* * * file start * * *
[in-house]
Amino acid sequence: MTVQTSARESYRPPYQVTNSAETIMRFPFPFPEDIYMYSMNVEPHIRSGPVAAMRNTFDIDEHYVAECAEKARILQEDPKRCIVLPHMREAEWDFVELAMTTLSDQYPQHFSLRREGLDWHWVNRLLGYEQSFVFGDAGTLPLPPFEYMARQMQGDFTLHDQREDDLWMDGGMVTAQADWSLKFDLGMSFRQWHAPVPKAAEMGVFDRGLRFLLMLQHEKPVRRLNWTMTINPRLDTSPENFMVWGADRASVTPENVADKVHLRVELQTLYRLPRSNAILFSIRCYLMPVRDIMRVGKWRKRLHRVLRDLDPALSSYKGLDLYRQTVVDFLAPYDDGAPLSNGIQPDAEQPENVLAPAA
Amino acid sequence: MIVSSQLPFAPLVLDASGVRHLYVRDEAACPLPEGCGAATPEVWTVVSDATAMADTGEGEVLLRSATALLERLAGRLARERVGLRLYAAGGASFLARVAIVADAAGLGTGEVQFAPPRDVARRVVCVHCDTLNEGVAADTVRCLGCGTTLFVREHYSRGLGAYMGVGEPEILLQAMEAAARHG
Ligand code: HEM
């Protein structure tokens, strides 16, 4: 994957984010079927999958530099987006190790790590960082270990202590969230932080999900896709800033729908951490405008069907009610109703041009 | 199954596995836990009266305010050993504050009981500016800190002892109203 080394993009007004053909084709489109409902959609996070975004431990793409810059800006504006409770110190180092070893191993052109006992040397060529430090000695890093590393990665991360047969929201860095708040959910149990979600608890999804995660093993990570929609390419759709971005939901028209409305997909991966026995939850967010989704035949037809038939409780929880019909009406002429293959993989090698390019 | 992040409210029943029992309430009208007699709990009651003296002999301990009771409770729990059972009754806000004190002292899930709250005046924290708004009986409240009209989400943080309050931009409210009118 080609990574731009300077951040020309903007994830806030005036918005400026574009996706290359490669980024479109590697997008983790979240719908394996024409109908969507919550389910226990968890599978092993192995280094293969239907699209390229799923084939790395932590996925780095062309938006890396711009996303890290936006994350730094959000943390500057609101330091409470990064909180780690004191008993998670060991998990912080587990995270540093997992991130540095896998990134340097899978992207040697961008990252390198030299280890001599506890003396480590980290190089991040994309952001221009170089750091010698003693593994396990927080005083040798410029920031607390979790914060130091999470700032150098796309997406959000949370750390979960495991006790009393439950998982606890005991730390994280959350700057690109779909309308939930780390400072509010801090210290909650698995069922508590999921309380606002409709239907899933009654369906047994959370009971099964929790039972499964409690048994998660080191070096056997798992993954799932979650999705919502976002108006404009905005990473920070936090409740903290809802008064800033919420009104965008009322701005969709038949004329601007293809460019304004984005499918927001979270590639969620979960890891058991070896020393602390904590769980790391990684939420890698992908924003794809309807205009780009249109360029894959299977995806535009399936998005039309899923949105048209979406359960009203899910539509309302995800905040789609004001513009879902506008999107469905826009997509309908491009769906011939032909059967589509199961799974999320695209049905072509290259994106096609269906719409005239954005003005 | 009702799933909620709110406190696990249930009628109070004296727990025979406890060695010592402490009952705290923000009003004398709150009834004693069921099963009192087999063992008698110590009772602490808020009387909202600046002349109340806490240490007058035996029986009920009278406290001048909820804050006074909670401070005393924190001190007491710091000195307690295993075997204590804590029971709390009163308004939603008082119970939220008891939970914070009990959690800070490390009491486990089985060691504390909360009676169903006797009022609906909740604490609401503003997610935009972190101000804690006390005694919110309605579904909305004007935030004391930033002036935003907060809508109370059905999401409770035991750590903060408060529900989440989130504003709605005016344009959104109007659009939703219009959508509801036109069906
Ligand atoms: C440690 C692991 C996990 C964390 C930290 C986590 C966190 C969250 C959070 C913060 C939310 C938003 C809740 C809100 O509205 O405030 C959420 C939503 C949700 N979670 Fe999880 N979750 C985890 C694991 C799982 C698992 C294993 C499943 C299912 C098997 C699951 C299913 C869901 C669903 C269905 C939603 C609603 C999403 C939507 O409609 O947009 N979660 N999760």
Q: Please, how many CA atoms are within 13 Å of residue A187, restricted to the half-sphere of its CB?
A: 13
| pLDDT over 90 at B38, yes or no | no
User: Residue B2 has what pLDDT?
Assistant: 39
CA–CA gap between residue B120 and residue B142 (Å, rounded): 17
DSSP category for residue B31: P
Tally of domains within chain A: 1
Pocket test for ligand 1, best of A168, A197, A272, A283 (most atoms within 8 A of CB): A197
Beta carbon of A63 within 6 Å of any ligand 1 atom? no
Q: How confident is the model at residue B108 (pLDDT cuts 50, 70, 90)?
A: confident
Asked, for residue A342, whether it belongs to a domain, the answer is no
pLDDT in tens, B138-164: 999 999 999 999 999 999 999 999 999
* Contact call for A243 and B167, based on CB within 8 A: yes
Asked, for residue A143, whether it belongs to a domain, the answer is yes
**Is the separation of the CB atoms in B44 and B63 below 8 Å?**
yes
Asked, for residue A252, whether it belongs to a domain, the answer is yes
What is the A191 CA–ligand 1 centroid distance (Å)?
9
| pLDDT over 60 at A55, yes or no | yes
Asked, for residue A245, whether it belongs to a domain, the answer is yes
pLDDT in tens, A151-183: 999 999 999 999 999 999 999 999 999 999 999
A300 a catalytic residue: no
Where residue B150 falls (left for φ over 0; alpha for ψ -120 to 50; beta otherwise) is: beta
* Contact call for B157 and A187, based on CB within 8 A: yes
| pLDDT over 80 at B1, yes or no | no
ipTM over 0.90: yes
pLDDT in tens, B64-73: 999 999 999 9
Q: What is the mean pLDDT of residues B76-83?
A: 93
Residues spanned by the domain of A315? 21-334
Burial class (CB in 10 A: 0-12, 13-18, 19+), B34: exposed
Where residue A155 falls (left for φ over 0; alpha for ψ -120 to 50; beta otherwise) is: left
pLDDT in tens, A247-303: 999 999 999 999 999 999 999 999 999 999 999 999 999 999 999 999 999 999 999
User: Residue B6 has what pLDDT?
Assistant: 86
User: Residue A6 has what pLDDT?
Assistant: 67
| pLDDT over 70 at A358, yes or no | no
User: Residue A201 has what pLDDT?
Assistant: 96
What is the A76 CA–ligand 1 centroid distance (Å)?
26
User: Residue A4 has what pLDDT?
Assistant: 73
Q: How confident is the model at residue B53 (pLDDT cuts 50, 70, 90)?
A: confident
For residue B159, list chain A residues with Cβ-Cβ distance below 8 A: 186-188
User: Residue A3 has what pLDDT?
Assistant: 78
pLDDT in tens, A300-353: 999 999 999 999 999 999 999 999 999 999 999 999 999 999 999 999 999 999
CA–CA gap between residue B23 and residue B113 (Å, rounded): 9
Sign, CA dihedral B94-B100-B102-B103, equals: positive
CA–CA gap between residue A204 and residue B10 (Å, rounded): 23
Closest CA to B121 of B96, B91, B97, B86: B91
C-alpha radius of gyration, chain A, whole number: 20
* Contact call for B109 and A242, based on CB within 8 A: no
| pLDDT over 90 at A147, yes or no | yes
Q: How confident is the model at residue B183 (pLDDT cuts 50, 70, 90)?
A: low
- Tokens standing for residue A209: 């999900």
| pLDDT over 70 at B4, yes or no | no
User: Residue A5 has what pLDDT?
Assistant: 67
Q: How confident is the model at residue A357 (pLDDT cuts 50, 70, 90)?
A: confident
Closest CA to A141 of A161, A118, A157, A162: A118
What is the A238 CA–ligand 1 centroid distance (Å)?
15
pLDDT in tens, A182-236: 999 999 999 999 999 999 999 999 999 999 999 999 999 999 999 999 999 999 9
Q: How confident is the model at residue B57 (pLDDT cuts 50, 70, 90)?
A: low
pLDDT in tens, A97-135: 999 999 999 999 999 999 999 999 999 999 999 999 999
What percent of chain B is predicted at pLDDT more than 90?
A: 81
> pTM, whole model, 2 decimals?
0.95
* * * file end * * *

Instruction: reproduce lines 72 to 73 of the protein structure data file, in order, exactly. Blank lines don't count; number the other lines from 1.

Assistant: 67
Q: How confident is the model at residue A357 (pLDDT cuts 50, 70, 90)?